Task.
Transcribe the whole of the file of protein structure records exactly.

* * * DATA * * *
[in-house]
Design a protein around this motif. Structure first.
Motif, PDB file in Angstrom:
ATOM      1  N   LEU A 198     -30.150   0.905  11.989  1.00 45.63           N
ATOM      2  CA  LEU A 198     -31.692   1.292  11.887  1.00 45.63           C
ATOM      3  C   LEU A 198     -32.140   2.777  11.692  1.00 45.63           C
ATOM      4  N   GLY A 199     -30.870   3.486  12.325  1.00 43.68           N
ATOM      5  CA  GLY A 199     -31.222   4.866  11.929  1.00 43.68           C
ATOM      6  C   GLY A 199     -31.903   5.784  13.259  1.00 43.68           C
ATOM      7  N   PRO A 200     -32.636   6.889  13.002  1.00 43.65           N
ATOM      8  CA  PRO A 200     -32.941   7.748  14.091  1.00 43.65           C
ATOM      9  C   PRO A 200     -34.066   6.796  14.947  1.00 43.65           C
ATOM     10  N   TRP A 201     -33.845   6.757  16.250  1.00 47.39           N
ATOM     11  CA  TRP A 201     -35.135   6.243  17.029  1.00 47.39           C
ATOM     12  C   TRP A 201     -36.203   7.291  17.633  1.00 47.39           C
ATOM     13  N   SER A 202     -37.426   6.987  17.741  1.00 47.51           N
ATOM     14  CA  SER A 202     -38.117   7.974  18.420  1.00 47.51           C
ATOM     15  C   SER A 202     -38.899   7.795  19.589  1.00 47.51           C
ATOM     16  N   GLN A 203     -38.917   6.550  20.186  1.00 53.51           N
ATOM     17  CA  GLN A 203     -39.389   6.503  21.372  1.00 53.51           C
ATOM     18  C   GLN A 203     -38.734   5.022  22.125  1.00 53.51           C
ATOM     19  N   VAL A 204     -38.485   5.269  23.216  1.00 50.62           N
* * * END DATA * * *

[in-house]
Design a protein around this motif. Structure first.
Motif, PDB file in Angstrom:
ATOM      1  N   LEU A 198     -30.150   0.905  11.989  1.00 45.63           N
ATOM      2  CA  LEU A 198     -31.692   1.292  11.887  1.00 45.63           C
ATOM      3  C   LEU A 198     -32.140   2.777  11.692  1.00 45.63           C
ATOM      4  N   GLY A 199     -30.870   3.486  12.325  1.00 43.68           N
ATOM      5  CA  GLY A 199     -31.222   4.866  11.929  1.00 43.68           C
ATOM      6  C   GLY A 199     -31.903   5.784  13.259  1.00 43.68           C
ATOM      7  N   PRO A 200     -32.636   6.889  13.002  1.00 43.65           N
ATOM      8  CA  PRO A 200     -32.941   7.748  14.091  1.00 43.65           C
ATOM      9  C   PRO A 200     -34.066   6.796  14.947  1.00 43.65           C
ATOM     10  N   TRP A 201     -33.845   6.757  16.250  1.00 47.39           N
ATOM     11  CA  TRP A 201     -35.135   6.243  17.029  1.00 47.39           C
ATOM     12  C   TRP A 201     -36.203   7.291  17.633  1.00 47.39           C
ATOM     13  N   SER A 202     -37.426   6.987  17.741  1.00 47.51           N
ATOM     14  CA  SER A 202     -38.117   7.974  18.420  1.00 47.51           C
ATOM     15  C   SER A 202     -38.899   7.795  19.589  1.00 47.51           C
ATOM     16  N   GLN A 203     -38.917   6.550  20.186  1.00 53.51           N
ATOM     17  CA  GLN A 203     -39.389   6.503  21.372  1.00 53.51           C
ATOM     18  C   GLN A 203     -38.734   5.022  22.125  1.00 53.51           C
ATOM     19  N   VAL A 204     -38.485   5.269  23.216  1.00 50.62           N